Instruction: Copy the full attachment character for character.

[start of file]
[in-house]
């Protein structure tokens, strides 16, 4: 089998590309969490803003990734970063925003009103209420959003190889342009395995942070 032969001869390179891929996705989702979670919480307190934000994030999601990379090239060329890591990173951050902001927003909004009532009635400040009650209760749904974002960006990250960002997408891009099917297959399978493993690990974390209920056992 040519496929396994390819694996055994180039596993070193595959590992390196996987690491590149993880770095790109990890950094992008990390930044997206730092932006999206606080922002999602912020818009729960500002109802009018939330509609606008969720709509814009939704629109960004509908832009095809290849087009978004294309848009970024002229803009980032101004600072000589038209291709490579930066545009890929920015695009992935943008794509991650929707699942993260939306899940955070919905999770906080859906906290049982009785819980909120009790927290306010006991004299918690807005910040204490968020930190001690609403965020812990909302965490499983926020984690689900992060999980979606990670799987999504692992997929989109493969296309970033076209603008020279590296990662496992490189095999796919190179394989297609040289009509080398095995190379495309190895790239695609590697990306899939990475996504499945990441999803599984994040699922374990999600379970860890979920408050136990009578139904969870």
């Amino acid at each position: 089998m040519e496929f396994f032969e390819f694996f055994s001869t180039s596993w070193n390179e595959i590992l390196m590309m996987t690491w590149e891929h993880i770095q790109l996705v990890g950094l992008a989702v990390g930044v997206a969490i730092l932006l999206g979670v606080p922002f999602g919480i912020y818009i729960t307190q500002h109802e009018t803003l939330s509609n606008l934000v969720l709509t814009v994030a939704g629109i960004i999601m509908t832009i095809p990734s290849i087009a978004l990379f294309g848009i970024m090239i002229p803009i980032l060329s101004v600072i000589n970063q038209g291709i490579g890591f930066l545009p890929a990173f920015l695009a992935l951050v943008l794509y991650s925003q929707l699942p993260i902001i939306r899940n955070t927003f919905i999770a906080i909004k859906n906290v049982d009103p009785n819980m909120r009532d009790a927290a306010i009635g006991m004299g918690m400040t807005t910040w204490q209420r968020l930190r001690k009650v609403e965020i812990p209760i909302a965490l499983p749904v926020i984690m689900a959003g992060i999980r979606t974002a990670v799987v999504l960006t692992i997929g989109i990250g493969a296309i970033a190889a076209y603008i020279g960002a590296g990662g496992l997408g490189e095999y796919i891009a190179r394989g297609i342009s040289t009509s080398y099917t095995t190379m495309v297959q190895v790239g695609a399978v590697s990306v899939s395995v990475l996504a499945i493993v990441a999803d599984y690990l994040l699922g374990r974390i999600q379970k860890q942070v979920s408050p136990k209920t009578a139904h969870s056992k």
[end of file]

[in-house]
């Protein structure tokens, strides 16, 4: 089998590309969490803003990734970063925003009103209420959003190889342009395995942070 032969001869390179891929996705989702979670919480307190934000994030999601990379090239060329890591990173951050902001927003909004009532009635400040009650209760749904974002960006990250960002997408891009099917297959399978493993690990974390209920056992 040519496929396994390819694996055994180039596993070193595959590992390196996987690491590149993880770095790109990890950094992008990390930044997206730092932006999206606080922002999602912020818009729960500002109802009018939330509609606008969720709509814009939704629109960004509908832009095809290849087009978004294309848009970024002229803009980032101004600072000589038209291709490579930066545009890929920015695009992935943008794509991650929707699942993260939306899940955070919905999770906080859906906290049982009785819980909120009790927290306010006991004299918690807005910040204490968020930190001690609403965020812990909302965490499983926020984690689900992060999980979606990670799987999504692992997929989109493969296309970033076209603008020279590296990662496992490189095999796919190179394989297609040289009509080398095995190379495309190895790239695609590697990306899939990475996504499945990441999803599984994040699922374990999600379970860890979920408050136990009578139904969870």
């Amino acid at each position: 089998m040519e496929f396994f032969e390819f694996f055994s001869t180039s596993w070193n390179e595959i590992l390196m590309m996987t690491w590149e891929h993880i770095q790109l996705v990890g950094l992008a989702v990390g930044v997206a969490i730092l932006l999206g979670v606080p922002f999602g919480i912020y818009i729960t307190q500002h109802e009018t803003l939330s509609n606008l934000v969720l709509t814009v994030a939704g629109i960004i999601m509908t832009i095809p990734s290849i087009a978004l990379f294309g848009i970024m090239i002229p803009i980032l060329s101004v600072i000589n970063q038209g291709i490579g890591f930066l545009p890929a990173f920015l695009a992935l951050v943008l794509y991650s925003q929707l699942p993260i902001i939306r899940n955070t927003f919905i999770a906080i909004k859906n906290v049982d009103p009785n819980m909120r009532d009790a927290a306010i009635g006991m004299g918690m400040t807005t910040w204490q209420r968020l930190r001690k009650v609403e965020i812990p209760i909302a965490l499983p749904v926020i984690m689900a959003g992060i999980r979606t974002a990670v799987v999504l960006t692992i997929g989109i990250g493969a296309i970033a190889a076209y603008i020279g960002a590296g990662g496992l997408g490189e095999y796919i891009a190179r394989g297609i342009s040289t009509s080398y099917t095995t190379m495309v297959q190895v790239g695609a399978v590697s990306v899939s395995v990475l996504a499945i493993v990441a999803d599984y690990l994040l699922g374990r974390i999600q379970k860890q942070v979920s408050p136990k209920t009578a139904h969870s056992k």